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Inexperience high school teachers and school groups

post #1 of 6
Thread Starter 

Hi

 

I was wondering if the Coroner's recommendations about using instructors for beginner/intermediate school trips are already followed in the US resorts.

 

.

Medium Neutral Citation
Inquest into the deaths of Hannah Taylor and Amelia Catherine McGuiness [2011] NSWLC 13
Hearing Dates
10-11/02/2011
Decision Date
8/04/2011
Before
Magistrate van Zuylen
Decision

After a careful consideration of the circumstances surrounding the deaths of Hannah and Amelia, other evidence heard in Court and the written submissions, this Inquest has strongly come to the view that the supervision of school students whilst skiing on school excursions must improve.

Catchwords
CORONIAL JURISDICTION - deaths of two teenage school students in skiing accidents on school excursions - need for improvement of supervision - recommendations made to the Minister for Education and Training and the Minister for Sport and Recreation
Category
Principal judgment
Parties
N/A
Representation
Sergeant Marc Chaplin (Police Prosecutor assisting the Coroner)
 
File Number(s)
18/2009 - Hannah Taylor
23/2009 - Amelia Catherine McGuiness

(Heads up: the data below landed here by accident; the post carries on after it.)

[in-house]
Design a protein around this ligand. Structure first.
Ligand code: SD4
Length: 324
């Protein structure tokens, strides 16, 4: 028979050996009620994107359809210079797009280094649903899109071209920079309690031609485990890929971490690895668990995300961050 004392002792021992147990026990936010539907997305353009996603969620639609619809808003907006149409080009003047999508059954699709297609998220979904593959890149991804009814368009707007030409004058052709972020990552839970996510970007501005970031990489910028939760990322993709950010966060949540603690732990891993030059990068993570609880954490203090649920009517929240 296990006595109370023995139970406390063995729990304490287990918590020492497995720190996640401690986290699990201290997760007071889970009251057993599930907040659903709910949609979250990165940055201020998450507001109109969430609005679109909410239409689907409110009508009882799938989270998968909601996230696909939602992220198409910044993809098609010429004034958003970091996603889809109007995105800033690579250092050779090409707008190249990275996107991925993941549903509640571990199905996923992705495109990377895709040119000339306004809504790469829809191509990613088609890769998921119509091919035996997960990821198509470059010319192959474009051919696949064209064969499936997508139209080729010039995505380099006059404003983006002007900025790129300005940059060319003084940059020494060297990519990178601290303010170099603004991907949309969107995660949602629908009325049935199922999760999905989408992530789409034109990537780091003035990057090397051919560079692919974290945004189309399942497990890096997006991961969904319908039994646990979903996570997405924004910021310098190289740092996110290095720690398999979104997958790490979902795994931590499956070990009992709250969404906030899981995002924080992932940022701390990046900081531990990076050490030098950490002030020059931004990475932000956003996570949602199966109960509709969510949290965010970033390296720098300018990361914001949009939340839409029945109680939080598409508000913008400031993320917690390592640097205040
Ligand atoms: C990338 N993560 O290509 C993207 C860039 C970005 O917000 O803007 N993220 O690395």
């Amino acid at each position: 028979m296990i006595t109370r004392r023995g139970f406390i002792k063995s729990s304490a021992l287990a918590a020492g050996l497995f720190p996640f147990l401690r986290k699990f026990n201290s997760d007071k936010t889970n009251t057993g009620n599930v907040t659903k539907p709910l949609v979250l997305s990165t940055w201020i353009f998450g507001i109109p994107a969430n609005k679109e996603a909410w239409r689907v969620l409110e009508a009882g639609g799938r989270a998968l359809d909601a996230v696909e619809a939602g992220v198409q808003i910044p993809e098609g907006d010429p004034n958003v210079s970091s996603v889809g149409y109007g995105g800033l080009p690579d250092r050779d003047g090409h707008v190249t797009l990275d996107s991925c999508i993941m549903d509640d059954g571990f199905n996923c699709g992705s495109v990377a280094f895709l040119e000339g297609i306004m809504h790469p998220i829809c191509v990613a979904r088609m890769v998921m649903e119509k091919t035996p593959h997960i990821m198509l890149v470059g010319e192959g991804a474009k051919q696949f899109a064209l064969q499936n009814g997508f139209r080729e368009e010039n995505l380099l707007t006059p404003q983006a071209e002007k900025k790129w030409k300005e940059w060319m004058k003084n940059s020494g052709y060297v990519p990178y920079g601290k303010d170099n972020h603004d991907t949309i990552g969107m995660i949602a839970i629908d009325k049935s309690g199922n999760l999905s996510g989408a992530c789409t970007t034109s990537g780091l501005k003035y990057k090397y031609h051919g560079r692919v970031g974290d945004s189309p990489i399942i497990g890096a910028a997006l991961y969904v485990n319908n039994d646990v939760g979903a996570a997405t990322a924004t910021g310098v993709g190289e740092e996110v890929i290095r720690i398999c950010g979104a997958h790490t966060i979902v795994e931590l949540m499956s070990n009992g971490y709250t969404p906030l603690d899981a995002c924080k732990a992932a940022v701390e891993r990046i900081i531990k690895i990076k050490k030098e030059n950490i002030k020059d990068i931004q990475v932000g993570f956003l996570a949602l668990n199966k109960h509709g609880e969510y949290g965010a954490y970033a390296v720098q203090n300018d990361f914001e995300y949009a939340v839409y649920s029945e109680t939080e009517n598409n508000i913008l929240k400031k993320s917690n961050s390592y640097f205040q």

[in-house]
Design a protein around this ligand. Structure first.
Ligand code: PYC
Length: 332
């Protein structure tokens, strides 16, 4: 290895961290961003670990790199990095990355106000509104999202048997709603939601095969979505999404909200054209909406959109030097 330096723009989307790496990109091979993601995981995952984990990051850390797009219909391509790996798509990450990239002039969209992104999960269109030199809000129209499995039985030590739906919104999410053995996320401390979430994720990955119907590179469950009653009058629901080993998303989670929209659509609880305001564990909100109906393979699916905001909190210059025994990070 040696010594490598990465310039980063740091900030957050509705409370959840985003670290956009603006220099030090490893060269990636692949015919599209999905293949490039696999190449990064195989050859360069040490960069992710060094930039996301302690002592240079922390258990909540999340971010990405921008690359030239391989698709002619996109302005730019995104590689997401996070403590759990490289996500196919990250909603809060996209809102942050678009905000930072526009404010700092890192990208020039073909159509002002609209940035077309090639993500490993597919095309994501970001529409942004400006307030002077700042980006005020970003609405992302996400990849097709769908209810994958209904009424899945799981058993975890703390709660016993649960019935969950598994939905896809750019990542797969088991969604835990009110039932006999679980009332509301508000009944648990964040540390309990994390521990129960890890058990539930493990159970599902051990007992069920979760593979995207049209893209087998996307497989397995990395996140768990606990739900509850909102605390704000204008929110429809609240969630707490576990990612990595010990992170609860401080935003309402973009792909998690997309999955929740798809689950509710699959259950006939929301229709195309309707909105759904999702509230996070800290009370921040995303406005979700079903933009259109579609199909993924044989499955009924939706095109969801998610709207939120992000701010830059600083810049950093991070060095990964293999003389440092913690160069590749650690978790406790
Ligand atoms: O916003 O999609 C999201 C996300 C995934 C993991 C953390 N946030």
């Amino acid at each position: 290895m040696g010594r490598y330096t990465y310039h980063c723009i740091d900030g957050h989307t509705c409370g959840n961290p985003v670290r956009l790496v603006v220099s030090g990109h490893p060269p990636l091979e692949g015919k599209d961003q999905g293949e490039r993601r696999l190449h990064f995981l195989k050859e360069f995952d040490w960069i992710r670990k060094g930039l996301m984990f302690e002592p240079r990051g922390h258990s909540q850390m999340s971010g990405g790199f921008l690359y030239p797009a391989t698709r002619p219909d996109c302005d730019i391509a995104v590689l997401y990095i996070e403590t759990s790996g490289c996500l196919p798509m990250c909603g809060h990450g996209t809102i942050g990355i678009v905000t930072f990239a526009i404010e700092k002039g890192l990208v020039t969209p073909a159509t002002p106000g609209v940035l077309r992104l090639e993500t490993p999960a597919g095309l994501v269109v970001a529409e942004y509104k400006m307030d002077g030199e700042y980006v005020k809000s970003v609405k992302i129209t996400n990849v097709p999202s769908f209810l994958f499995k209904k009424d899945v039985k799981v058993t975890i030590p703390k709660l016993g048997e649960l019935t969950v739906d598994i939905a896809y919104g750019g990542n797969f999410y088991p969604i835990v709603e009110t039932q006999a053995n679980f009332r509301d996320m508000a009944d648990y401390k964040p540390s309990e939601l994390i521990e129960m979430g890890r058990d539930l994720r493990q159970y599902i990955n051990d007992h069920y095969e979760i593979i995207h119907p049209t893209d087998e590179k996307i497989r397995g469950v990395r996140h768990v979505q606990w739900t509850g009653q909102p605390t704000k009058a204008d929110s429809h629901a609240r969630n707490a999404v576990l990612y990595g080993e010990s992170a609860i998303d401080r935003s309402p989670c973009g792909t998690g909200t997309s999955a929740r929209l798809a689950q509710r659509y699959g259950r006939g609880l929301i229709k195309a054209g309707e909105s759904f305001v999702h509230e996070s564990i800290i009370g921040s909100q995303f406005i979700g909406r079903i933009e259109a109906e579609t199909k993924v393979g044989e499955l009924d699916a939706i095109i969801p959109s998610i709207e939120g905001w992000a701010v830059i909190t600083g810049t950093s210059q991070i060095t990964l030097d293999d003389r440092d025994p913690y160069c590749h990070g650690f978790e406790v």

JUDGMENT

 

Report of the Coroner into the deaths of Hannah Taylor and Amelia Catherine McGuiness

 

1Hannah Taylor died on 1 August 2009. She was participating in a school ski excursion at Thredbo Ski Resort with fellow students from James Sheahan Catholic High School Orange.

 

2Amelia McGuiness died on 27 August 2009. She was skiing at Perisher Ski Resort. Amelia was a student at Barker College, which was conducting a school ski excursion, and she was part of that excursion at the time of her death.

 

3Hannah was 16 years of age at the time of her death. She was popular, talented, creative, with an effervescent personality. She had recently played the lead in a school musical production. Her mother described her as a very confident girl, who liked challenging herself - usually with musical and dramatic performances - not physical challenges like skiing. Her athletic ability was fairly average.

 

4Amelia was also 16 years of age at the time of her death. She was an excellent skier, who had been skiing since she was 3 years old. She had competed in Interschool competitions for 5 years over all skiing disciplines, achieving podium finishes on numerous occasions. Her family has been involved in the skiing industry for 3 generations, her brothers have ski raced and one of her brothers is a ski instructor. Her family have since set up a Foundation, the 'Amelia McGuiness Australian Snowsports Development Foundation' to raise money for allocation to up and coming skiers aged under 18. Mr Samuel McGuiness, Amelia's father, told the Inquest that $27,000 has already been allocated to young skiers from the Foundation.

 

5A decision was made to hold a joint inquest due to a significant similarity; both girls were on school ski excursions.

 

6This inquest has not tried to attribute fault or make findings in relation to negligence or breach of duty of care. It devoted a significant amount of time to investigating what recommendations it could make to improve the safety of young people visiting the ski fields on school ski excursions. However, before considering that issue, I shall detail the exact circumstances of the skiing incident that led to each girl's death.